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A Short History of West Chester’s Thomas S. Bell in the Civil War

West Chester's favorite son was one of the lucky ones.

Tom Bell
Photo by RDNE Stock project / Pexels

On Sept. 20, 1862, three days after Lt. Col. Thomas S. Bell was killed at the Battle of Antietam, an uncle and a friend received his body at the train station. There, they pried open the rough coffin and looked inside. “Decay’s effacing fingers have been busily at work marring the lineaments of his fine face and features,” reported a newspaper at the time.

The son and namesake of a prominent local judge, Bell was a young lawyer and one of West Chester’s favorite sons. A public funeral was announced for the following day, and tradition required the presence of a corpse. But Bell’s remains were in such bad shape that they were taken straight to the cemetery.

Young Tom Bell was raised in a house that still stands at Church and Miner streets. Educated at the West Chester Academy (now West Chester University), he studied law in his father’s office. As a member of the 51st Pennsylvania Infantry Regiment in the Civil War, he was promoted to lieutenant colonel. The summer before his death, the 51st participated in the disastrous Second Battle of Bull Run. The defeated Union Army fled to the defenses of Washington, and an emboldened Robert E. Lee marched his army north of the Potomac River.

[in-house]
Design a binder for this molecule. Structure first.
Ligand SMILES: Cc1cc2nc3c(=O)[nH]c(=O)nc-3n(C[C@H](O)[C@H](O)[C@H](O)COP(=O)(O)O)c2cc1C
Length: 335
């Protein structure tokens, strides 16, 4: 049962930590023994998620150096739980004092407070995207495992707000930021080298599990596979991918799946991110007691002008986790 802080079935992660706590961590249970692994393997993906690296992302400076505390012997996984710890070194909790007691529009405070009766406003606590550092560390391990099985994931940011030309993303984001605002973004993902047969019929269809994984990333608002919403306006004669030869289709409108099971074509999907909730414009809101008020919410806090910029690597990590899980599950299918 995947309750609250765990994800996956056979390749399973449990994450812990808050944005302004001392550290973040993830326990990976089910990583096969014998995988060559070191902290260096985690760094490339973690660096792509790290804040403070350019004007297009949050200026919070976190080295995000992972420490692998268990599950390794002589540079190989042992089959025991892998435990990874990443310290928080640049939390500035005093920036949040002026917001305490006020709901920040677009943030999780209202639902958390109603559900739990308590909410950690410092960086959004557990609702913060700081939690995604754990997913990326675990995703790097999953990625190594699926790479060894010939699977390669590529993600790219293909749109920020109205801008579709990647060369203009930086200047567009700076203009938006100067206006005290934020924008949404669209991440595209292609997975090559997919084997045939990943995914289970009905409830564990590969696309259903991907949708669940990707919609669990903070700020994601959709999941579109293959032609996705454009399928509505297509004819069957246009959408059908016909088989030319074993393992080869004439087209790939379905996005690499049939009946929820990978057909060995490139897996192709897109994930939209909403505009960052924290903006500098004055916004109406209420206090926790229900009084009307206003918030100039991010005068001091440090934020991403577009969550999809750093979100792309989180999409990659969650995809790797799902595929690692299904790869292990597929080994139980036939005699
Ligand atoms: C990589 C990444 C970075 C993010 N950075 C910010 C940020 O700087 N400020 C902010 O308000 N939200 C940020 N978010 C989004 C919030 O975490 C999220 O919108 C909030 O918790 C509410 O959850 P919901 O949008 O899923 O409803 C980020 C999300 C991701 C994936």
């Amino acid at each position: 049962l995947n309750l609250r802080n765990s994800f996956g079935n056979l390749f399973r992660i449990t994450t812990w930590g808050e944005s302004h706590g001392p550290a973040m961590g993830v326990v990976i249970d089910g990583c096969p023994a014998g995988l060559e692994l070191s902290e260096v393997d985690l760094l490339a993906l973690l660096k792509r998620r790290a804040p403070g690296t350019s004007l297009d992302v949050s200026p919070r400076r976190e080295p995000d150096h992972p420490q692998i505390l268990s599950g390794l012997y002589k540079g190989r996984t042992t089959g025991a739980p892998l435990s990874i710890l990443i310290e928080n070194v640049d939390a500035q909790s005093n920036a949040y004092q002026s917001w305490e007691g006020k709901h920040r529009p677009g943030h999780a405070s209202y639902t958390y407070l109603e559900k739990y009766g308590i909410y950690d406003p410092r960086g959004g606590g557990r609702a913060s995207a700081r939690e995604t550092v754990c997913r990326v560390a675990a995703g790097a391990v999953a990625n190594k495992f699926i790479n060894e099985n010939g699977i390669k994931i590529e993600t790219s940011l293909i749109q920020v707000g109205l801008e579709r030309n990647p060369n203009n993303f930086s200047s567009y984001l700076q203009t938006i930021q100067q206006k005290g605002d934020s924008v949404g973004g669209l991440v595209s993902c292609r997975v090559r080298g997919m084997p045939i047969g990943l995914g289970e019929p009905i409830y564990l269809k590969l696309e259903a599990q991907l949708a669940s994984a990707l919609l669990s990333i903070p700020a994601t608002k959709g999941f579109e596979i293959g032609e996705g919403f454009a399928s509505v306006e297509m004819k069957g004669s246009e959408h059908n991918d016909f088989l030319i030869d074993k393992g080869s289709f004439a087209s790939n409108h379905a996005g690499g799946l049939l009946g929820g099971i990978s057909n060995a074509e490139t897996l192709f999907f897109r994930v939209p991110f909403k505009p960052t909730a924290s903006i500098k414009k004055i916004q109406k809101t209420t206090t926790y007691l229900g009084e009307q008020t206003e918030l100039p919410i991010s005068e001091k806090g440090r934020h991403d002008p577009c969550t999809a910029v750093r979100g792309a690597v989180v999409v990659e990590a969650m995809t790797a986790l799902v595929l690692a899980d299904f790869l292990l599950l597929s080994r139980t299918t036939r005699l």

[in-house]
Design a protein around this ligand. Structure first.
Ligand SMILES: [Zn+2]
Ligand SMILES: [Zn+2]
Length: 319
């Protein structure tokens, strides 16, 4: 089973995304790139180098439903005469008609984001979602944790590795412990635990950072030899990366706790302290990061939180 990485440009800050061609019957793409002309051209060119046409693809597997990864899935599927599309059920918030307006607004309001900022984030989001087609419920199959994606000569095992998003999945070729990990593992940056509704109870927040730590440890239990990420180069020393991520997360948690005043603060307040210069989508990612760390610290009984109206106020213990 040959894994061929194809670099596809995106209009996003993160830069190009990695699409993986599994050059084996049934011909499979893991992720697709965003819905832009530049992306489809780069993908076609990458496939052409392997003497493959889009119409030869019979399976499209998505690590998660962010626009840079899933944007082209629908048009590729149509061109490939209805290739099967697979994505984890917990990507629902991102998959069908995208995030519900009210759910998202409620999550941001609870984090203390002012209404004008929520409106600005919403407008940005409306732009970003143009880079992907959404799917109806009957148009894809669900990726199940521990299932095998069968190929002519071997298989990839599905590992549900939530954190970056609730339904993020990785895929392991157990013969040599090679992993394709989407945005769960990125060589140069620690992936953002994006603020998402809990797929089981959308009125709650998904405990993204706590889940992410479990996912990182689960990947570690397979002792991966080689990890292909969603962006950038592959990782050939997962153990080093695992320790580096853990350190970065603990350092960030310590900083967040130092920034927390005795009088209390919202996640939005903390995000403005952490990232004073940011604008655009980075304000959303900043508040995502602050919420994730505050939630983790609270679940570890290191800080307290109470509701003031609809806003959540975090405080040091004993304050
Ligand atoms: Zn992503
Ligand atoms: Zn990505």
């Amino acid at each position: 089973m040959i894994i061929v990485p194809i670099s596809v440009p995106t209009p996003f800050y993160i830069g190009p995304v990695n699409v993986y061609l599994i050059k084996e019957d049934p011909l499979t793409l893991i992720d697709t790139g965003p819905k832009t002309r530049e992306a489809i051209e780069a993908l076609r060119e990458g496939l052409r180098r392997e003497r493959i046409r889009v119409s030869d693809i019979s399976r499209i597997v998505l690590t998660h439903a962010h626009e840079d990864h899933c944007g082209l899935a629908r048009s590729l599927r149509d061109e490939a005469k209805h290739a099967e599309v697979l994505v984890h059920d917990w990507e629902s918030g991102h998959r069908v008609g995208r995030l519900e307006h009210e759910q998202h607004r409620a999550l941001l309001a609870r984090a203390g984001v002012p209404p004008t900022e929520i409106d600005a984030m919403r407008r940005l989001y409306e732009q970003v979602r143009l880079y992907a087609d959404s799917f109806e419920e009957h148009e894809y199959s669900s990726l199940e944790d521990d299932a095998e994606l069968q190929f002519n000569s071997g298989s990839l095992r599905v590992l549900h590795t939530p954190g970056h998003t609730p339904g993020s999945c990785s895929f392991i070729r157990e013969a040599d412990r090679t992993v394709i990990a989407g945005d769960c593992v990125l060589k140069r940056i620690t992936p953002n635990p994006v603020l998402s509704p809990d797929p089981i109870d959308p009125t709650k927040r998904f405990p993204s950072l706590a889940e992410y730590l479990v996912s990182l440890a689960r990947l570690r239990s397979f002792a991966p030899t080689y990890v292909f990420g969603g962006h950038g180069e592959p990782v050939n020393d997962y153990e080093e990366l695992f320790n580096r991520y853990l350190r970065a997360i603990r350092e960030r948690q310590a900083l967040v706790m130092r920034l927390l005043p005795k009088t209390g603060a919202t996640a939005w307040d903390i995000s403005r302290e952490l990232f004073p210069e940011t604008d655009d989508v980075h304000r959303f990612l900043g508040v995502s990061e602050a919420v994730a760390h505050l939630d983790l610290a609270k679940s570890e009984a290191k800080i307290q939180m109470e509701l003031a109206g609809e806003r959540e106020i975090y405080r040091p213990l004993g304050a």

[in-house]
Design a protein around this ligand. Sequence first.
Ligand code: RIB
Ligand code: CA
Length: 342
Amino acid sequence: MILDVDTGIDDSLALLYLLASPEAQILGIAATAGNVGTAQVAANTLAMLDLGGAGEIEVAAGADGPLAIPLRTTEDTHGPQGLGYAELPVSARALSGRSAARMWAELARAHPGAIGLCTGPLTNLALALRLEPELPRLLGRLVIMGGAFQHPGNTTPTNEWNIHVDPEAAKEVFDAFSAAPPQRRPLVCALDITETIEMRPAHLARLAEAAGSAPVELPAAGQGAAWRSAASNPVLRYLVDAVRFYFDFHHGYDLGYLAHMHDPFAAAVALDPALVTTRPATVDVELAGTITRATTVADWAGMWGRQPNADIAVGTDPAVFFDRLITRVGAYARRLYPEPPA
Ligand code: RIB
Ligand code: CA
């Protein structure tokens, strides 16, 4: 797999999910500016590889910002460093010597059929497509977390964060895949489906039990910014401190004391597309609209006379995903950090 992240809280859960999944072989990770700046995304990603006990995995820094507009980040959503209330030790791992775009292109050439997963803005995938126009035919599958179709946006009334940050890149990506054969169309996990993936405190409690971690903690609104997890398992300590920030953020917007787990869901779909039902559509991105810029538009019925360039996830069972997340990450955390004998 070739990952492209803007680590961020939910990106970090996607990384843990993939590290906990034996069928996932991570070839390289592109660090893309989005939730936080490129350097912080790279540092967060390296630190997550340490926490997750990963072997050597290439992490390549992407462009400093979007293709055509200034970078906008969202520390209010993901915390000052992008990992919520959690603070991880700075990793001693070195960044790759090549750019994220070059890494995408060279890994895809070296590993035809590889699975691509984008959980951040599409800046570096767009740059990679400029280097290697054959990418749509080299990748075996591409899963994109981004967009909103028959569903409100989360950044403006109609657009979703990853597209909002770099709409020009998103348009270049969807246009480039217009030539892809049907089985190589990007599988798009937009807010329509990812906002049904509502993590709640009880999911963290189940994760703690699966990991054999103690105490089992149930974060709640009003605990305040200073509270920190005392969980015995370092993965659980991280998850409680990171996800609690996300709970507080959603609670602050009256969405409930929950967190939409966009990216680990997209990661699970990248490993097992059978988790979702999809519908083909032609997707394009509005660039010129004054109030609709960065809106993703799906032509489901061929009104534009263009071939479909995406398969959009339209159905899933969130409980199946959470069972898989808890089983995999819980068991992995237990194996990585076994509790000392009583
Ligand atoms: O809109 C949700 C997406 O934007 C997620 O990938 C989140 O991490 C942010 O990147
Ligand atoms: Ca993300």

On Sept. 14, 1862, Bell was at the Battle of South Mountain, where Union Gen. George B. McClellan seized three passes his army had to control to reach Lee. Three days later, McClellan’s army met Lee’s troops lined up along Antietam Creek. Bell was hit behind the left ear, and he become one of 23,000 men killed or wounded at Antietam.

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Collecting the dead was a chore soldiers wanted to finish quickly, touching the bodies as little as possible. One technique was to loop a rope around the feet, then use a bent bayonet to drag corpses to a burial site.

Lt. Col. Thomas S. Bell
Courtesy of the Medford Historical Society & Museum Civil War Photo Collection

Officers like Bell got better treatment. They were gathered up, packed in charcoal, placed in metal coffins and sent by train to their homes across the North. Such differences annoyed the troops. As one Texas soldier put it, “The officers get a monument—you get a hole in the ground and no coffin.”

The eventual solution was national military cemeteries, where all would receive a measure of the respect given to Bell. Short of stopping the killing, it was the best they could do.

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